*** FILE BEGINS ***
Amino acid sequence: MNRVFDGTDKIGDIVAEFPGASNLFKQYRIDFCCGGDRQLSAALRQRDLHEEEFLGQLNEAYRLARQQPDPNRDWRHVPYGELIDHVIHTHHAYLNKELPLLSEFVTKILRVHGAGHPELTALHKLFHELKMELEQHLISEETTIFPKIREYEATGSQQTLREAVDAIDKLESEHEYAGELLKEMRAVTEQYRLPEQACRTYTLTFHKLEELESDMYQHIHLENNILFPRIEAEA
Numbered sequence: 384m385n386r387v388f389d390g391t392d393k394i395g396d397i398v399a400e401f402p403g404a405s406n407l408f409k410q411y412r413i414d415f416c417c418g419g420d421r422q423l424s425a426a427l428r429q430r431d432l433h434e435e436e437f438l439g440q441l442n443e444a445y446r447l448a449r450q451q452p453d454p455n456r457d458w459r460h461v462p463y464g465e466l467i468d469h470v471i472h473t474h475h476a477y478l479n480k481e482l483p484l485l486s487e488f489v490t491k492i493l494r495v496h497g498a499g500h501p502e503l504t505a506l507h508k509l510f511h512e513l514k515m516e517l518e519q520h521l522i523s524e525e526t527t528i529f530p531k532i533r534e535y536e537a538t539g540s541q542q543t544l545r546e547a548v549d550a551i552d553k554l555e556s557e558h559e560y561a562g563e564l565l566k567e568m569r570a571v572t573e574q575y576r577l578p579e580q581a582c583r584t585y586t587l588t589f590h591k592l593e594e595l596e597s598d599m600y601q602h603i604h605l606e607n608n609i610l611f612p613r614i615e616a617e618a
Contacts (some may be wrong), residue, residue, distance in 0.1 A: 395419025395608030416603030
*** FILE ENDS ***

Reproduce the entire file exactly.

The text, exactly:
Amino acid sequence: MNRVFDGTDKIGDIVAEFPGASNLFKQYRIDFCCGGDRQLSAALRQRDLHEEEFLGQLNEAYRLARQQPDPNRDWRHVPYGELIDHVIHTHHAYLNKELPLLSEFVTKILRVHGAGHPELTALHKLFHELKMELEQHLISEETTIFPKIREYEATGSQQTLREAVDAIDKLESEHEYAGELLKEMRAVTEQYRLPEQACRTYTLTFHKLEELESDMYQHIHLENNILFPRIEAEA
Numbered sequence: 384m385n386r387v388f389d390g391t392d393k394i395g396d397i398v399a400e401f402p403g404a405s406n407l408f409k410q411y412r413i414d415f416c417c418g419g420d421r422q423l424s425a426a427l428r429q430r431d432l433h434e435e436e437f438l439g440q441l442n443e444a445y446r447l448a449r450q451q452p453d454p455n456r457d458w459r460h461v462p463y464g465e466l467i468d469h470v471i472h473t474h475h476a477y478l479n480k481e482l483p484l485l486s487e488f489v490t491k492i493l494r495v496h497g498a499g500h501p502e503l504t505a506l507h508k509l510f511h512e513l514k515m516e517l518e519q520h521l522i523s524e525e526t527t528i529f530p531k532i533r534e535y536e537a538t539g540s541q542q543t544l545r546e547a548v549d550a551i552d553k554l555e556s557e558h559e560y561a562g563e564l565l566k567e568m569r570a571v572t573e574q575y576r577l578p579e580q581a582c583r584t585y586t587l588t589f590h591k592l593e594e595l596e597s598d599m600y601q602h603i604h605l606e607n608n609i610l611f612p613r614i615e616a617e618a
Contacts (some may be wrong), residue, residue, distance in 0.1 A: 395419025395608030416603030